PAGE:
N2 - Background: Few diabetes HRQOL instruments are available in Chinese language. We tested psychometric properties of a Diabetes Quality of Life (DQOL) in Chinese language for diabetes patients in Taiwan and estimated its minimally important differences (MIDs). Methods: Data were collected from 337 patients treated in diabetes clinics of a Taiwan teaching hospital. Pearson's correlations among domain scores of the DQOL (satisfaction, impact, and worry), the D-39S (a diabetes-specific instrument, including domains of diabetes control, energy and mobility, social burden and anxiety and worry, and sexual functioning) and the RAND-12 (a generic instrument, including physical health composite (PHC) and mental health composite (MHC)) were estimated to determine convergent/discriminant validity. Known-groups validity was examined using 2-hour postprandial plasma glucose (2 h PPG), hemoglobin A1c (HbA1c)) and presence of complications (retinopathy, neuropathy, and diabetic foot complications rather than the known groups of cardiovascular and cerebrovascular complications). We used a combined anchor- and distribution-based approach to establish MIDs. Results: The DQOL scores were more strongly correlated with the physical domains of the D-39S (diabetes control and energy and mobility) and RAND-12 PHC than psychological domains of the D-39S (social burden, anxiety and worry, and sexual functioning) and RAND-12 MHC. The DQOL showed satisfactory discriminative ability for the known groups of 2 h PPG and HbA1c (effect size (ES) ≥ 0.2) and retinopathy, neuropathy, and diabetic foot complications (ES ≥ 0.3), but less satisfactory for the known groups of cardiovascular and cerebrovascular complications. MIDs for the DQOL domains were 3-5 points for satisfaction, 4-5 points for impact, 6-8 points for worry, and 3-4 points for overall HRQOL. Conclusion: We validated a DQOL in Chinese language for diabetes patients in Taiwan and provided MIDs to facilitate the measure of diabetes HRQOL.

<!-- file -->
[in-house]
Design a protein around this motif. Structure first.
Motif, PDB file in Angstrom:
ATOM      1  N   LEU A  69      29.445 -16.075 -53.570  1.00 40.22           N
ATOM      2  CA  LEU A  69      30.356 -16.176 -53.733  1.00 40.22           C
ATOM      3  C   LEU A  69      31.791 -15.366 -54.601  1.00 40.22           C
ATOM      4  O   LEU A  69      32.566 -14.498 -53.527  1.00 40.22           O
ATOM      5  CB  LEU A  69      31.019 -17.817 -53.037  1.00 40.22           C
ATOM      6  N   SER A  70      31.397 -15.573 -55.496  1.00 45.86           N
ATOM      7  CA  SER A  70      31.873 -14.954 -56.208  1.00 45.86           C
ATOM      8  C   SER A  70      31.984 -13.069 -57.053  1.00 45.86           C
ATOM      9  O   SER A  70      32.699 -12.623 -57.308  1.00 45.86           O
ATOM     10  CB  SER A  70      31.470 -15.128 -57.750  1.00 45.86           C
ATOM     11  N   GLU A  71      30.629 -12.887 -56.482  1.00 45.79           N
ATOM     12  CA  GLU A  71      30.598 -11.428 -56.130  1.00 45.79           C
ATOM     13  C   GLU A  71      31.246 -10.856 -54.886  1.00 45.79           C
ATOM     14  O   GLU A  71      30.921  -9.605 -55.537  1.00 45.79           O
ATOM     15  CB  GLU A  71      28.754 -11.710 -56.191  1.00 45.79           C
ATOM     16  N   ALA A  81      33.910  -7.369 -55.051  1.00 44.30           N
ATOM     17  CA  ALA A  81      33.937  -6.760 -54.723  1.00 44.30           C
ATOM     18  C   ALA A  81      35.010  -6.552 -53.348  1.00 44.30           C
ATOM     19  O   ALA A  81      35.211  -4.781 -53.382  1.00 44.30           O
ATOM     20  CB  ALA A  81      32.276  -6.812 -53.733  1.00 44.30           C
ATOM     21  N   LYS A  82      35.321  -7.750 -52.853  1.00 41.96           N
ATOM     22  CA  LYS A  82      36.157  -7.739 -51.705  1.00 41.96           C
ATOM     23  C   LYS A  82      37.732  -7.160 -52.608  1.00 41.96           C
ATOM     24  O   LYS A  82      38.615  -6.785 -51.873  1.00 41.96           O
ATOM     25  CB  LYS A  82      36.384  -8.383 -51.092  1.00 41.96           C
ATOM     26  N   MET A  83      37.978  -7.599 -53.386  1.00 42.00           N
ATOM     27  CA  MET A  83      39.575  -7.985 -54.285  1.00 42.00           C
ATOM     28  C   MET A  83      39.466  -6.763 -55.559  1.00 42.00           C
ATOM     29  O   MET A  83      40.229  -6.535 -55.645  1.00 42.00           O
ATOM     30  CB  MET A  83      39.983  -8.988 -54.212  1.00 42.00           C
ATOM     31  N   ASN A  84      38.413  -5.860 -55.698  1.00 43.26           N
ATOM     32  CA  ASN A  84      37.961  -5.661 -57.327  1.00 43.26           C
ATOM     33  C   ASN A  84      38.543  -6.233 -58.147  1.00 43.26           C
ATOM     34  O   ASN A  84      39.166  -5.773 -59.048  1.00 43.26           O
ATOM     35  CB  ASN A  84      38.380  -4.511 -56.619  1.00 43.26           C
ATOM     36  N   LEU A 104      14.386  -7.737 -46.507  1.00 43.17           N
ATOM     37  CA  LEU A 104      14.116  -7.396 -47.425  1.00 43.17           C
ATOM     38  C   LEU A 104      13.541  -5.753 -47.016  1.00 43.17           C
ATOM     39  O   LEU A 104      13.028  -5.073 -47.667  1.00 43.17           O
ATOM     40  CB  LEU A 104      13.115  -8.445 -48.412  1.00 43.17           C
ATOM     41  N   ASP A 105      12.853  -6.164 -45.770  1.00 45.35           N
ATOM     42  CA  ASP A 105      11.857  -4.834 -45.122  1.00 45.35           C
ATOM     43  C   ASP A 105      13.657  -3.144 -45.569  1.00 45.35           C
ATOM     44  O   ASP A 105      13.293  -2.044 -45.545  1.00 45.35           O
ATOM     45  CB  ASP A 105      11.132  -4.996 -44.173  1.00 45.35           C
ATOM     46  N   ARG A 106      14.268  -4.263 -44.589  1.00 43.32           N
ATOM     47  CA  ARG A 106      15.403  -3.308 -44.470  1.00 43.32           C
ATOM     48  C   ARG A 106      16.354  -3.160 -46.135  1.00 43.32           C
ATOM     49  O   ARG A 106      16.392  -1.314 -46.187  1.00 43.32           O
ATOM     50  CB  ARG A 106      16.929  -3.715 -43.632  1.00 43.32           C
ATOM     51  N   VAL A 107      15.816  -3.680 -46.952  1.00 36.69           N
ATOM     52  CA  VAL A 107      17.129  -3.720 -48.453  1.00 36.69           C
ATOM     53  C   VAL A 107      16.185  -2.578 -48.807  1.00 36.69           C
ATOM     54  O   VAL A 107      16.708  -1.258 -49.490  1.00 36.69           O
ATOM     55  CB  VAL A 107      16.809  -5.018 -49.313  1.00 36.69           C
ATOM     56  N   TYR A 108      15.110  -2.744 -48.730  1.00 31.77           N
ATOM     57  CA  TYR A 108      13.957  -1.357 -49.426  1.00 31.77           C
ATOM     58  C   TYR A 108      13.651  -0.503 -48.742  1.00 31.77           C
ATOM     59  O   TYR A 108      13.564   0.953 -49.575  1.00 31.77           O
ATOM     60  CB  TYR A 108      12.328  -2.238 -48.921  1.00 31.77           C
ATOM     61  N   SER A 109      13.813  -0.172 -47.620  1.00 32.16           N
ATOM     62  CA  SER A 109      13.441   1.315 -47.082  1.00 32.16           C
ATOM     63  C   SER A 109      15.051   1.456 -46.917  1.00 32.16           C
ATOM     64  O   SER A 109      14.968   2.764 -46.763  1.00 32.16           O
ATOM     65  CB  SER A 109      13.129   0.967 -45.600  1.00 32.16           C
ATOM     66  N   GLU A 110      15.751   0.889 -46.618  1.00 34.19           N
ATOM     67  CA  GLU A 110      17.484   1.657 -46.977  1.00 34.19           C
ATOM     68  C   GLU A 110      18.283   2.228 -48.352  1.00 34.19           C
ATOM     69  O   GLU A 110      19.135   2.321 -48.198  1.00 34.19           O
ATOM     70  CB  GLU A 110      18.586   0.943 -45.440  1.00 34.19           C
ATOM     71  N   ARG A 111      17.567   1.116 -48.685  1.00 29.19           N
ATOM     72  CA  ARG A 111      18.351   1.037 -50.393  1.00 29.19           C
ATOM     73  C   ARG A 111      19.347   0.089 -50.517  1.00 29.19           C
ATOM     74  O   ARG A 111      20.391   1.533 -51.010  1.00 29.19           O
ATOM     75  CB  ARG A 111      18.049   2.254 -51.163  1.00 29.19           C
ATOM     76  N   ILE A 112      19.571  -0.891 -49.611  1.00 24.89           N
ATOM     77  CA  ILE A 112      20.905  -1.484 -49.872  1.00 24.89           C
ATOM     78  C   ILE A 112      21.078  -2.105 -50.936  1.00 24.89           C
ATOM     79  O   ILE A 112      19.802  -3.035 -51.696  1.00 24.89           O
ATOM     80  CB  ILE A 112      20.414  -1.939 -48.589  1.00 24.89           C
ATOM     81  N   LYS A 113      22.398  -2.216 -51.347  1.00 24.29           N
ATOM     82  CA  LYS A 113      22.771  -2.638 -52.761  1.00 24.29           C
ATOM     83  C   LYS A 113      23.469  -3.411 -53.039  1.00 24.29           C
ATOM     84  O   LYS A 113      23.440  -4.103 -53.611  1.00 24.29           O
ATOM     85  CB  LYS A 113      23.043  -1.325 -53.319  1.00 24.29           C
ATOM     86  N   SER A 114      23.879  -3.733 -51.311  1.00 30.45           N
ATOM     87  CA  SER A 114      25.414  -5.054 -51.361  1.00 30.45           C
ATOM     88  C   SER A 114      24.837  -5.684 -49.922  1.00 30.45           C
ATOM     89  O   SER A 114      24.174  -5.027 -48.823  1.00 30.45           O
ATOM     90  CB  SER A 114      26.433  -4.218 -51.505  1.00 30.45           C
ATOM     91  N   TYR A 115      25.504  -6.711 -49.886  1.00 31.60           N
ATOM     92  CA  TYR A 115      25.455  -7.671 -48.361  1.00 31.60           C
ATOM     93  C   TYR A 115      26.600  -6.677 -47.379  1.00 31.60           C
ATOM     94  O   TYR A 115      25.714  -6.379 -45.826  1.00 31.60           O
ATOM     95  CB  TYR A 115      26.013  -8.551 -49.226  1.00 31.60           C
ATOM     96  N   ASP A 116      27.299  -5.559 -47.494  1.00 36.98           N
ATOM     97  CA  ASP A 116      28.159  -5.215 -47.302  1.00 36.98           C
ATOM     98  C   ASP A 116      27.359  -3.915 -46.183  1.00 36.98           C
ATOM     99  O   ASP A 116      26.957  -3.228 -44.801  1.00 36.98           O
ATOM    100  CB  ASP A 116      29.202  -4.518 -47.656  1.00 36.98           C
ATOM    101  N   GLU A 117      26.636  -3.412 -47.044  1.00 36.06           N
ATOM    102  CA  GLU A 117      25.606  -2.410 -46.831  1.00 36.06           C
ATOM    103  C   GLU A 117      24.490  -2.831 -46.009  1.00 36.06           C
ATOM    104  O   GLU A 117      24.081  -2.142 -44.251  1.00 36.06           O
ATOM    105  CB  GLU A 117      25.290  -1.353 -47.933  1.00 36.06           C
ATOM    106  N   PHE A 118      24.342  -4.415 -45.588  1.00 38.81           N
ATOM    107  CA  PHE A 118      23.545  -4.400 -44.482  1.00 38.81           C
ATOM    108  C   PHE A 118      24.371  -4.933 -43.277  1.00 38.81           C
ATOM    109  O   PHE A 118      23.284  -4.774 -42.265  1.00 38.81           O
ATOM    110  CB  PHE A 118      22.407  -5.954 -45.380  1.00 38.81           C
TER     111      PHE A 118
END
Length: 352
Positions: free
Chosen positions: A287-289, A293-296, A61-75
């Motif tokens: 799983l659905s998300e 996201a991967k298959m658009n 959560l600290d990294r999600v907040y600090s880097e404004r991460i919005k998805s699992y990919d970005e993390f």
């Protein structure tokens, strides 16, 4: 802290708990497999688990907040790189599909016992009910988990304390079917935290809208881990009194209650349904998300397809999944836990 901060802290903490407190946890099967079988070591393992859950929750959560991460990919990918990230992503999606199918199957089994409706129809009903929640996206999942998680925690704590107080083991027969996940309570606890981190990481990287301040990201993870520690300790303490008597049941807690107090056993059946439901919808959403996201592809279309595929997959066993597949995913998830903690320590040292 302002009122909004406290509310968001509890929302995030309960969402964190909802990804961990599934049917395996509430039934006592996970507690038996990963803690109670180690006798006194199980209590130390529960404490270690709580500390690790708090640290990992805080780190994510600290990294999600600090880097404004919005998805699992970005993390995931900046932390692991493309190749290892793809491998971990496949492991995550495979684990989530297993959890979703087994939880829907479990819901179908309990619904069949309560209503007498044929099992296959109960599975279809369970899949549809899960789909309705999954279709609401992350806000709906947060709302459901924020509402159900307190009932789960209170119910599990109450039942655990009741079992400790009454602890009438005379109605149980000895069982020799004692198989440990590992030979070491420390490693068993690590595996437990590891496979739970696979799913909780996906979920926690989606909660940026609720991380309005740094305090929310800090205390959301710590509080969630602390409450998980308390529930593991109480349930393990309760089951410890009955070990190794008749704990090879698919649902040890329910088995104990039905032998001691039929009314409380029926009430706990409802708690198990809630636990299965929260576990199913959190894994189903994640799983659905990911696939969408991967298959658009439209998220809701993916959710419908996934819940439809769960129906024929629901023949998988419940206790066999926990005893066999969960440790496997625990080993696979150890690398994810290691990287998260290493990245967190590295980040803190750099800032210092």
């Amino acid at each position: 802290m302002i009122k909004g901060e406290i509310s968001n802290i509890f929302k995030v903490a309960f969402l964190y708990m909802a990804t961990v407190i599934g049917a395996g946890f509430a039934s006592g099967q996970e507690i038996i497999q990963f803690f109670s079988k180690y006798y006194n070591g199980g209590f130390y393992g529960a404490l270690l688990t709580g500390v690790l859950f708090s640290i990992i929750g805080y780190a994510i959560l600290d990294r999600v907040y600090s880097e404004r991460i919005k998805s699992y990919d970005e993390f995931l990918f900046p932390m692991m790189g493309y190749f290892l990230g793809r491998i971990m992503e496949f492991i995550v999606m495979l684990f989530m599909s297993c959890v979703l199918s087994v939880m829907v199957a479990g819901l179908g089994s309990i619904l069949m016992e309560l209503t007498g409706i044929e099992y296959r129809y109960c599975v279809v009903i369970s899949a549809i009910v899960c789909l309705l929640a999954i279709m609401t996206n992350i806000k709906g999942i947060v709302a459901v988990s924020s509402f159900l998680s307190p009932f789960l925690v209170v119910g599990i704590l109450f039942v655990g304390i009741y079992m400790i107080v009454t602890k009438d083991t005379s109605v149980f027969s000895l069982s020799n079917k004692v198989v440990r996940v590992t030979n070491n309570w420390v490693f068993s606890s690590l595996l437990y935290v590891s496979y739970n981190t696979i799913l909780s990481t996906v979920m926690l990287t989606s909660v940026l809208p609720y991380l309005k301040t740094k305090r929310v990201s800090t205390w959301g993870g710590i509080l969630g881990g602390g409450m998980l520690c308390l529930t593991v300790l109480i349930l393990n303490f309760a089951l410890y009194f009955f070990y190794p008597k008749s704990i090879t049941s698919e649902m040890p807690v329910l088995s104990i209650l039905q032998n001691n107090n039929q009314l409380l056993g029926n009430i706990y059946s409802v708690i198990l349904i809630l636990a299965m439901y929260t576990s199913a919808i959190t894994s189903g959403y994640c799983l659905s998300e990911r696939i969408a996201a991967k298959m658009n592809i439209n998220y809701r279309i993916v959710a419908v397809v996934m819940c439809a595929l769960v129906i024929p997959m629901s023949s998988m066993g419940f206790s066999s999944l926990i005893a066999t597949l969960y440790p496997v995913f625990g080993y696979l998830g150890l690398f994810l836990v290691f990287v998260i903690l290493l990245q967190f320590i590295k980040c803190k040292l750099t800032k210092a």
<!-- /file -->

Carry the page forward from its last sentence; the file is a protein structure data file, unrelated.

AB - Background: Few diabetes HRQOL instruments are available in Chinese language. We tested psychometric properties of a Diabetes Quality of Life (DQOL) in Chinese language for diabetes patients in Taiwan and estimated its minimally important differences (MIDs). Methods: Data were collected from 337 patients treated in diabetes clinics of a Taiwan teaching hospital. Pearson's correlations among domain scores of the DQOL (satisfaction, impact, and worry), the D-39S (a diabetes-specific instrument, including domains of diabetes control, energy and mobility, social burden and anxiety and worry, and sexual functioning) and the RAND-12 (a generic instrument, including physical health composite (PHC) and mental health composite (MHC)) were estimated to determine convergent/discriminant validity. Known-groups validity was examined using 2-hour postprandial plasma glucose (2 h PPG), hemoglobin A1c (HbA1c)) and presence of complications (retinopathy, neuropathy, and diabetic foot complications rather than the known groups of cardiovascular and cerebrovascular complications). We used a combined anchor- and distribution-based approach to establish MIDs. Results: The DQOL scores were more strongly correlated with the physical domains of the D-39S (diabetes control and energy and mobility) and RAND-12 PHC than psychological domains of the D-39S (social burden, anxiety and worry, and sexual functioning) and RAND-12 MHC. The DQOL showed satisfactory discriminative ability for the known groups of 2 h PPG and HbA1c (effect size (ES) ≥ 0.2) and retinopathy, neuropathy, and diabetic foot complications (ES ≥ 0.3), but less satisfactory for the known groups of cardiovascular and cerebrovascular complications. MIDs for the DQOL domains were 3-5 points for satisfaction, 4-5 points for impact, 6-8 points for worry, and 3-4 points for overall HRQOL. Conclusion: We validated a DQOL in Chinese language for diabetes patients in Taiwan and provided MIDs to facilitate the measure of diabetes HRQOL.